Don't glue this to the box. You'll need to get around it to install the glass and add the stain.

Step 6: The Officer's Badge

I've built several boxes using different occupational badges as ornaments. They aren't incredibly difficult but do add a fair amount of detail to the projects.

You'll want to layer several parts together in order to create the effect; generally I use a central element at full thickness and then attach other parts from the back at 3/8" or so in depth.

Use your first copy of the pattern to cut the central badge. Mark some tabs on the surviving pattern and cut the outlying elements out of contrasting material (resawing is recommended if you have mirrored components). Smooth the parts down and add any relevant details with a wood burner.

Flip the central badge over and mark the location of the tabs you left on the other elements. Use a router and a straight bit to cut those areas away to make room to sink the parts in place. Don't glue them until everything is stained and ready for finishing. You'll also need a 3/8" hole in the center to mount the badge to the box.

Step 7: The Glass and the Back

Sit the box on a piece of plexiglas and trace along the inside using a thin marker. Carefully cut this line using a 1/8" straight bit in a trim router or very carefully on a miter saw. I'd suggest practicing first so you don't scratch the good side. Trim everything to fit.

Similarly, cut the back using a jig saw and 1/4" plywood. Use spray paint on the back and spray adhesive to attach ultra suede to the front. I get mine in bulk from The Fabric Exchange.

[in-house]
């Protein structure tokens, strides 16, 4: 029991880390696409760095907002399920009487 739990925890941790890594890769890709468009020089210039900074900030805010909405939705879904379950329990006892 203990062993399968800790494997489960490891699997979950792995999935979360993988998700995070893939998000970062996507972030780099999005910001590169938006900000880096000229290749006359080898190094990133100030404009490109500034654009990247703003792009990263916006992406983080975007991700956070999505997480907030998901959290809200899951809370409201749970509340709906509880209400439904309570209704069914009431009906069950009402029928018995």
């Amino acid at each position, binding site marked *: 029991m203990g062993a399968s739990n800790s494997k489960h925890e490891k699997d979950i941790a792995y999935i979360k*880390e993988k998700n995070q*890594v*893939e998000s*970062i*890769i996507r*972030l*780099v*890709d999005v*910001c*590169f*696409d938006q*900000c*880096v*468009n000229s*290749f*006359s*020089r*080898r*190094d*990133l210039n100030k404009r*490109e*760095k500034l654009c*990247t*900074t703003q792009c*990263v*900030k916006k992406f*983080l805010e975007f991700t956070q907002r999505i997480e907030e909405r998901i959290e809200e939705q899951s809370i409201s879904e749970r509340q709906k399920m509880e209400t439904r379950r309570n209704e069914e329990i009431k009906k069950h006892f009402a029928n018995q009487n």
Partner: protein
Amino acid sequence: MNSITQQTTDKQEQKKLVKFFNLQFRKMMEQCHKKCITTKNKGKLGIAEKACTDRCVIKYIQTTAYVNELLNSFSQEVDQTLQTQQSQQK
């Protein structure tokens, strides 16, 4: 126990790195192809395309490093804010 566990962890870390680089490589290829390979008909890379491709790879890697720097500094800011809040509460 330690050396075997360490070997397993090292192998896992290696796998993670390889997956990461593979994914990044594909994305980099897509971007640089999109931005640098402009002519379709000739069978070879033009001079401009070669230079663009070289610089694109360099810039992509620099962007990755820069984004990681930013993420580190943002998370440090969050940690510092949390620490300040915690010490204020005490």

Complete your staining and varnishing of all the parts before final assembly.

Step 8: Final Assembly!

For assembly, drop the plexiglas into the box from the back and hold it in place with glass retaining clips or small screws. If you're planning on shipping the completed box, leave the protective film in place except for the corners so the recipient can remove it. Continue by attaching the flag box by using small self-tapping screws through the bottom of the case where they won't show.

Finish up by dropping the plywood back down and adding turn buttons at each joint to hold it in place.

With that you're all set to honor your favorite Navy veteran and/or pirate.

<p>Very impressive, a true artisan. I voted for it.</p><p>I don&rsquo;t pay attention to who made the contest projects when I am looking at them So I find it strange, that after I vote, I frequently find that I have noted or voted for another of the person&rsquo;s projects. In this case it was the Litter Box Closet Conversion.</p>
<p>A beautiful tribute!</p>
Absolutely gorgeous!
<p>This is great! I am sure he is absolutely stoked about this shadowbox! And teaching others to do it too! Awesome. Now Write some more!!!!</p>
Absolutely fantastic artisanship, and for such a great cause! God bless!

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Bio: Engineer by trade, amateur woodworker and author in the off-hours. Most commonly, I build flag boxes for retiring military members and occasionally gifts and furniture ... More »